A 'current' work-in-progress, and it hasn't put me off at all that Alan Titchmarsh didn't include it in his shortlist for the People's Author competiton 2011. Not at all. I've just got a lot of housework to do right now... what?
Clive’s Head, Revisited
Shona Church wasn’t sure exactly what she was supposed to be paying attention to. The doctor was pointing his pencil at an area of her husband’s brain on the X-ray and, for the life of her, all she could see was either a butterfly or the outline of Australia. Mirrored. Any second now she would wake up and this would be a particularly mad dream – a fairly lucid one, it had to be said – but a dream nonetheless. So: wake up or, of course, laugh hysterically. She put a hand to her mouth. It really wouldn’t do to laugh. Even if it were only a dream. It might turn out to mean she had a proper personality disorder or something. Ok. Let’s just go with it.
‘Do you have any questions… or….?’ The doctor withdrew his pencil and stared at her over the rim of his glasses. They didn’t look like NHS specs. In fact she could just make out Red or Dead printed along the sides. She thought about the irony of this for a moment. He pulled them down the bridge of his nose, waiting. ‘About the procedure?’ he helped, ‘about the prognosis… anything you’re unclear about? Mrs Church, do you need to ask…?’
She stared absently at the X-ray for a while. Really, she wasn’t qualified to be doing this. She was a part-time admin assistant, not a doctor. Why was he telling her these things? She felt a hand touch her right arm and, as if it were fat spitting back from a pan, spun round sharply.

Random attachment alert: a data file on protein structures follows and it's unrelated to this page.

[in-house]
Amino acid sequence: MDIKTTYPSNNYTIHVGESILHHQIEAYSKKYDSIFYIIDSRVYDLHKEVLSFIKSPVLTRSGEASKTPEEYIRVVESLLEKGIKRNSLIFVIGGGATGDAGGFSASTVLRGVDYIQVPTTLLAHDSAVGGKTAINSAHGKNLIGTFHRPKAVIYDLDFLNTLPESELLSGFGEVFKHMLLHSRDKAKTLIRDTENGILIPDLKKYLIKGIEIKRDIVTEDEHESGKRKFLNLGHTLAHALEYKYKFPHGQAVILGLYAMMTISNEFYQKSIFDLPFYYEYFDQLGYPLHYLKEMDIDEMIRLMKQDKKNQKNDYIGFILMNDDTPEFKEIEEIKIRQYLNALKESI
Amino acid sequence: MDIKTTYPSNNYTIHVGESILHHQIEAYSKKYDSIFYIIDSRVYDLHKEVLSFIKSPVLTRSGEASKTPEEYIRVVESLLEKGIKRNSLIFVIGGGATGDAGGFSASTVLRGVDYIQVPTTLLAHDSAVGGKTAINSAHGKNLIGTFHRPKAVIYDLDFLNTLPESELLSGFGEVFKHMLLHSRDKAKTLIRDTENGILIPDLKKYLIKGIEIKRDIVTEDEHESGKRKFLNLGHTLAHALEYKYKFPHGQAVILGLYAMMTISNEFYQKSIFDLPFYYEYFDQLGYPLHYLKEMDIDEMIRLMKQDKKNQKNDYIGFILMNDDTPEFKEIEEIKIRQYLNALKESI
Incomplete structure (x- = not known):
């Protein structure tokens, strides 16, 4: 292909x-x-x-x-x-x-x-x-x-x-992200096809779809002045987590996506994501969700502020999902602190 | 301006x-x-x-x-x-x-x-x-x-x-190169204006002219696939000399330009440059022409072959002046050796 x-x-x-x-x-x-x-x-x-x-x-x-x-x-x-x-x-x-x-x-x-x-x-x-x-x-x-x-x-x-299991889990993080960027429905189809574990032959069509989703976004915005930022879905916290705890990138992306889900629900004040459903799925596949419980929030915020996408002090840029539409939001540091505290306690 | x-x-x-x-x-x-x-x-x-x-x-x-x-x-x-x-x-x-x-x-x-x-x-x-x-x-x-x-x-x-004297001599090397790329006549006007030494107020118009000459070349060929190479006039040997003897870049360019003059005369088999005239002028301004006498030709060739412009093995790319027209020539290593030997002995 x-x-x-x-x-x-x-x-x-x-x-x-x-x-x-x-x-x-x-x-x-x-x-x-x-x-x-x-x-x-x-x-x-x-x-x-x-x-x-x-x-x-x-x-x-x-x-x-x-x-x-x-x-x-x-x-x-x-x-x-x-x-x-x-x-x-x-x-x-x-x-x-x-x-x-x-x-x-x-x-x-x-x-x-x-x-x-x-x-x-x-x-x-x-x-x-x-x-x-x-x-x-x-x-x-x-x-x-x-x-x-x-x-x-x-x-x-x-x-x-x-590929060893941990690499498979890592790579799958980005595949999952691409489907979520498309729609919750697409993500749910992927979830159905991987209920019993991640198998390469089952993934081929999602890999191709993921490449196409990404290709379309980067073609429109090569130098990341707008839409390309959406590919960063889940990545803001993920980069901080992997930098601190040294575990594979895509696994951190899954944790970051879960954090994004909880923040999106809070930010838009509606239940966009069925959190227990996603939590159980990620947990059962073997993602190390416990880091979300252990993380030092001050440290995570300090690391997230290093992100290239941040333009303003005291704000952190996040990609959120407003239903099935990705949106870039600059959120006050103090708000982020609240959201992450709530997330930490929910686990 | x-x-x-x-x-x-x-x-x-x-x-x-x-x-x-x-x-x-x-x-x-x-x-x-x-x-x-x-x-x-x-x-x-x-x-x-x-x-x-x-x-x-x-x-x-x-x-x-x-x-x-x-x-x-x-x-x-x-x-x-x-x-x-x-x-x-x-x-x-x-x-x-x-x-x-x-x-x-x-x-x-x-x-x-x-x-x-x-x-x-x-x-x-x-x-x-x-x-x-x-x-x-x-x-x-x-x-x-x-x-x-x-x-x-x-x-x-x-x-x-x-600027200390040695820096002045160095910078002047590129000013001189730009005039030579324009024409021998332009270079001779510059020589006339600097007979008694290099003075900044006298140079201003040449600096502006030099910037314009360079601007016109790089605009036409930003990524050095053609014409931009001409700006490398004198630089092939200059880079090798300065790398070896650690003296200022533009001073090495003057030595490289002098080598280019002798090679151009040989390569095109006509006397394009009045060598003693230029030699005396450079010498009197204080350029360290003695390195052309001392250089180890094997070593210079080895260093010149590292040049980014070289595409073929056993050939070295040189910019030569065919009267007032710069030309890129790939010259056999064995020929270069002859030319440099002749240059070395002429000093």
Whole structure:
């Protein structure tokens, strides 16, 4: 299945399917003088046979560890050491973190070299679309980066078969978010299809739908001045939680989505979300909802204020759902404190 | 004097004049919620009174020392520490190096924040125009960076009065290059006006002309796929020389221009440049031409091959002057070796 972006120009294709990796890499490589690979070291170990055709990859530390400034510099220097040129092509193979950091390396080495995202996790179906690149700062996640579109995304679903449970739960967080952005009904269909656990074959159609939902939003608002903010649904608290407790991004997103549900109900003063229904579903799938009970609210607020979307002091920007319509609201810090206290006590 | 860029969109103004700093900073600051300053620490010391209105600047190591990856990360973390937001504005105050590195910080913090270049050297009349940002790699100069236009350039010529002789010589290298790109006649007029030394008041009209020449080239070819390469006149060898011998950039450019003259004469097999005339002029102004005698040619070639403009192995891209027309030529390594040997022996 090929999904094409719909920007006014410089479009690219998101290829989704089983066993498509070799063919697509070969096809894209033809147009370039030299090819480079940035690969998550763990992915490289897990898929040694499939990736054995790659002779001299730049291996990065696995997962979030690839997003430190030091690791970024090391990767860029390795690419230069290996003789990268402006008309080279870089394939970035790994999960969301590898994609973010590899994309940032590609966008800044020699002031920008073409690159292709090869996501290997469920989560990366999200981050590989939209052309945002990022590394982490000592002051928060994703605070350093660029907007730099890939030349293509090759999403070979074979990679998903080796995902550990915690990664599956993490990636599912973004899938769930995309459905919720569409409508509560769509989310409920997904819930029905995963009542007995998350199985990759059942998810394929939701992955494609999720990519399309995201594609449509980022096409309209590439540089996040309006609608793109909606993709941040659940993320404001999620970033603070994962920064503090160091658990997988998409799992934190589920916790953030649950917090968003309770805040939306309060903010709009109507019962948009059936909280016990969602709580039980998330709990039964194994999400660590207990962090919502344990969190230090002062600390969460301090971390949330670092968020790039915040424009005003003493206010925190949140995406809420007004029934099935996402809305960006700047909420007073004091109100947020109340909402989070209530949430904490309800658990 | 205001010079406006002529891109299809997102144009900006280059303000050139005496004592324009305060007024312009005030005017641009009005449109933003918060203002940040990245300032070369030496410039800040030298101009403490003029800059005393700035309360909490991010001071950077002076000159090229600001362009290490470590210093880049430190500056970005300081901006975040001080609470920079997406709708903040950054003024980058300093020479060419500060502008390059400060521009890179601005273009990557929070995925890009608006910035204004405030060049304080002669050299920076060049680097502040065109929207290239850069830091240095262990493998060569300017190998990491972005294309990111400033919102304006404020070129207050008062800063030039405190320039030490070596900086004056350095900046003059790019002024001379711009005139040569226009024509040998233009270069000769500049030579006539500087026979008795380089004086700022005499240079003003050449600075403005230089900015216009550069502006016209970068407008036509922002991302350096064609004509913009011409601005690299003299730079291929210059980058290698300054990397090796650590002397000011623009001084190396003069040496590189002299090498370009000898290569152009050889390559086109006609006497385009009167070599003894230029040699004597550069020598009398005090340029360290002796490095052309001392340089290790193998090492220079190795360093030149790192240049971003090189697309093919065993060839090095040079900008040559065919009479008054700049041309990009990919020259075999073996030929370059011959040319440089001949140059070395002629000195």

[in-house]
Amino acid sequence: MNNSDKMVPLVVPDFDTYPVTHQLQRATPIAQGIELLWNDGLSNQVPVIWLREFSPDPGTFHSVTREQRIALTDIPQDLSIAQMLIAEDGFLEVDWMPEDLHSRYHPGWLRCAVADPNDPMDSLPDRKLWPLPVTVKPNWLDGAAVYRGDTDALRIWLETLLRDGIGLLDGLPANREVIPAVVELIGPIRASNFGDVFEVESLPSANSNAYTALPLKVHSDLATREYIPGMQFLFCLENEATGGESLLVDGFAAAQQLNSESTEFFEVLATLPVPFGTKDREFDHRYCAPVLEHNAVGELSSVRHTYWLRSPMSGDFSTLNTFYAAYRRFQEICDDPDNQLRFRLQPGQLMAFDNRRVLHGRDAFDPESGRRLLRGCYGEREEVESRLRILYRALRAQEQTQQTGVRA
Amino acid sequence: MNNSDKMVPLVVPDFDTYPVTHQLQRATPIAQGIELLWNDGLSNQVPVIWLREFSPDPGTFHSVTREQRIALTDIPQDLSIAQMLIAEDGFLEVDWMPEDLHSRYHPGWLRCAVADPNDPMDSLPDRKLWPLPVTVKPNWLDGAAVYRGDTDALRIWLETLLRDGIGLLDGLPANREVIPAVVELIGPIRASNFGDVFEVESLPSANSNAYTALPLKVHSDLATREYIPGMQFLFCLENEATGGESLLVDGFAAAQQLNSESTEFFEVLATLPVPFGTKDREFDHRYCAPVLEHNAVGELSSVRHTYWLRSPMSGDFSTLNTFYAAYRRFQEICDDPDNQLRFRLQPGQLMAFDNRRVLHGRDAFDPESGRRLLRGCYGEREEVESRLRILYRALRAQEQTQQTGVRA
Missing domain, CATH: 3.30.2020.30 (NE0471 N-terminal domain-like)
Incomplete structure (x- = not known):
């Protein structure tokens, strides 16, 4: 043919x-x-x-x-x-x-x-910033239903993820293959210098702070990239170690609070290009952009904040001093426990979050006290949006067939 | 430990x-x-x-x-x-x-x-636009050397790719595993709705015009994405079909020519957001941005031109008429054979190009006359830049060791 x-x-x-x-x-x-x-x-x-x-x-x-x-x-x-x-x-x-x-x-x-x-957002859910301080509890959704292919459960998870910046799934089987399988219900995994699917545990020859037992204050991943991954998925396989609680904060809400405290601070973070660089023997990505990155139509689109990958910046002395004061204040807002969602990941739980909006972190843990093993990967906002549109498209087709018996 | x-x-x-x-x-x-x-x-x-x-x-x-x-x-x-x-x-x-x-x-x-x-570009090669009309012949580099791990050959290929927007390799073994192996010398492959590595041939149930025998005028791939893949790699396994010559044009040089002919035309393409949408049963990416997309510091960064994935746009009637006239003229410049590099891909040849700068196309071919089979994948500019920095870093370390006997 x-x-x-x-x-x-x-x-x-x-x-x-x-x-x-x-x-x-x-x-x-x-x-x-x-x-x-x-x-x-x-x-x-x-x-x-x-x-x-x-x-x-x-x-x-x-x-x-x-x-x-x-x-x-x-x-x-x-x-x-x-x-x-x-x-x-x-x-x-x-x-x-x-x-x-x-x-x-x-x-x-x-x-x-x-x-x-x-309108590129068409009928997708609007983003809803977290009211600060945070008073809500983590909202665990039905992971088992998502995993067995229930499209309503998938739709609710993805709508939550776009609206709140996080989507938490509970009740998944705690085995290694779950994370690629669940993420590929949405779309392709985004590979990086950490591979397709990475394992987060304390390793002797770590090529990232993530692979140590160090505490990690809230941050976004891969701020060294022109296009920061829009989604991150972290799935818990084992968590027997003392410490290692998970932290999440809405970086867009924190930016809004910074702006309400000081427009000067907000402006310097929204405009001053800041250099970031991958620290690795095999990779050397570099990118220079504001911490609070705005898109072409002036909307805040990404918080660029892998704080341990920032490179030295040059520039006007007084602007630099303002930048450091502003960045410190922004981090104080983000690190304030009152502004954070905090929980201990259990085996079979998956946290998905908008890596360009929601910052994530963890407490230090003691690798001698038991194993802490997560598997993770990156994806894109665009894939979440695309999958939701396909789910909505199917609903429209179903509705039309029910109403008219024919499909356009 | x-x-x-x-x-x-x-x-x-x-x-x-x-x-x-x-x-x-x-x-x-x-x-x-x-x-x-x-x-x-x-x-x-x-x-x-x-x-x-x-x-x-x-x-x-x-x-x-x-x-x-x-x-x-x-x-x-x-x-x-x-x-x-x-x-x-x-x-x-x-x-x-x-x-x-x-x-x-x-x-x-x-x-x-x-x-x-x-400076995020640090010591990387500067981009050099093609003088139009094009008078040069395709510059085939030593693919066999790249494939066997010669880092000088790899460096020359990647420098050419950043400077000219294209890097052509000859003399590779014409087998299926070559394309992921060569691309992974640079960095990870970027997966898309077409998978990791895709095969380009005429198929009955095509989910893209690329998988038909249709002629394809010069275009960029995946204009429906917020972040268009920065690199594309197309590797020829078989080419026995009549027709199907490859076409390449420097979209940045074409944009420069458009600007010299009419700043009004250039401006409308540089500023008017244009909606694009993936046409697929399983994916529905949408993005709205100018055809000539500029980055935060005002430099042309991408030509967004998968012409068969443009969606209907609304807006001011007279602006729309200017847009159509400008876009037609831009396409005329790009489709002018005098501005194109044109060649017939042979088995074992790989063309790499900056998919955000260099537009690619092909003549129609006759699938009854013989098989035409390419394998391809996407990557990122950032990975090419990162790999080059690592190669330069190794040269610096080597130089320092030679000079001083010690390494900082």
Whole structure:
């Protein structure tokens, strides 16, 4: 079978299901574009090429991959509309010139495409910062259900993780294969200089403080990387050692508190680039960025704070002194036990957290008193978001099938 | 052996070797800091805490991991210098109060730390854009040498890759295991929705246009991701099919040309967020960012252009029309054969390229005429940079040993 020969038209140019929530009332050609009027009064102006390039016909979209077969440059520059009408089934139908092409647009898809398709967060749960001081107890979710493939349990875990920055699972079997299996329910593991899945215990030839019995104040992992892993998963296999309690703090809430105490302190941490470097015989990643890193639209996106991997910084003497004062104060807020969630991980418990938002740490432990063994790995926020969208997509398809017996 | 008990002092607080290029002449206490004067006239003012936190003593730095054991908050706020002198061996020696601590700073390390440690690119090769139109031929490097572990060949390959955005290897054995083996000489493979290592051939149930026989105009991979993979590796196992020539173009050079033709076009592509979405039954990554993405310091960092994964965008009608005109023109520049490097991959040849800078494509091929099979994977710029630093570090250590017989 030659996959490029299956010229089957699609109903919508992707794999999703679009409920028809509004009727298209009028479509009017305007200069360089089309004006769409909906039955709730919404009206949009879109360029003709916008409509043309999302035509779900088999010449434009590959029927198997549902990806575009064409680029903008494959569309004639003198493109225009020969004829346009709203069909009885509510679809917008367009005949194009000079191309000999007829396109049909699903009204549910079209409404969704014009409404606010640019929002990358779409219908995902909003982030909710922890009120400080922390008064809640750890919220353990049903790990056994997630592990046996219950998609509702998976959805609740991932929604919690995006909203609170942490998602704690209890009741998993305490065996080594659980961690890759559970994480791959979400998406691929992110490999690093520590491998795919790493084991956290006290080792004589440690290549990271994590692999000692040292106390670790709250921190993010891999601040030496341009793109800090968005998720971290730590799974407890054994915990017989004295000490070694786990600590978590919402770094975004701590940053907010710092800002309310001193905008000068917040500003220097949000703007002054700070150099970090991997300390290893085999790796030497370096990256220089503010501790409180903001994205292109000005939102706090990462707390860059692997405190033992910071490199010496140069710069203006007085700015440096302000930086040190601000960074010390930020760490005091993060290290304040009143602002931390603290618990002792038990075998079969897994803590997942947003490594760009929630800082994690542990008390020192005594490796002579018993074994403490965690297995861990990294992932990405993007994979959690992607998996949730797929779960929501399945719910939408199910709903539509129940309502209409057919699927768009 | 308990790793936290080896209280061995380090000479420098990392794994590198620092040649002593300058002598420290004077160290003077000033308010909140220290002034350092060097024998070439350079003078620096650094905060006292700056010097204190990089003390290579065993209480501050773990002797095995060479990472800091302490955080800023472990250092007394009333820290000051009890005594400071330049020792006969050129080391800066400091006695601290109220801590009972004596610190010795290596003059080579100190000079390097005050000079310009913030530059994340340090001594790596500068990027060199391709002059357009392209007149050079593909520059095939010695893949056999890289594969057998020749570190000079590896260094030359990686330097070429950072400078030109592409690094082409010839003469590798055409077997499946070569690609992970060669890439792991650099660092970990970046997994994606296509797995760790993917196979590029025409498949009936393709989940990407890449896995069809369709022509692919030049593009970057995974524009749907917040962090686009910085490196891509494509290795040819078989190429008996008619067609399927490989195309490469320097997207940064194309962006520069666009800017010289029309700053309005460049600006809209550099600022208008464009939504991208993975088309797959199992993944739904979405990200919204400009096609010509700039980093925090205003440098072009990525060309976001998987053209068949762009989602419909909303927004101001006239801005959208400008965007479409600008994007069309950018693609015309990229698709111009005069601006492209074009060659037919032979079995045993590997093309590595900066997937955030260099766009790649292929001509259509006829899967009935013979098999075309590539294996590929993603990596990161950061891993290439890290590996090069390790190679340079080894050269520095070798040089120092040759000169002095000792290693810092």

‘Shona, love?’ It was her mum. She hadn’t seen her mum in a dream for ages. She wondered what that meant? ‘Are you listening to the doctor?’ her mum frowned, ‘do you understand what‘s happening to Clive, sweetheart?’
She nodded blindly. If she just gave in then perhaps the dream would spin off in another direction. She might meet Johnny Depp at a bar. That’d happened last week – it wasn’t beyond the realms of possibility. She’d remember that one for a while. Heck, she’d lived off it for nearly five days already. Sad, really, that this had become a simple pleasure in her life - the quality of her dreams and the characters who resided in them. She couldn’t remember the last time Clive had been in her dreams. Maybe he never had. Now that must mean something.
‘Mrs Church, you do understand that although we’ve removed the clot and eased the pressure, we still won’t know precisely how much damage has occurred to your husband’s brain… until he starts to respond, to react to stimulus… are you fully aware of what’s happening? I know this can’t be easy for you. perhaps if I got a nurse to….’ He fidgeted about inside his pocket, then gave up and pressed a button on a lead next to the bed.
Her mother’s hand tightened on her arm.
‘Shona?’ she said.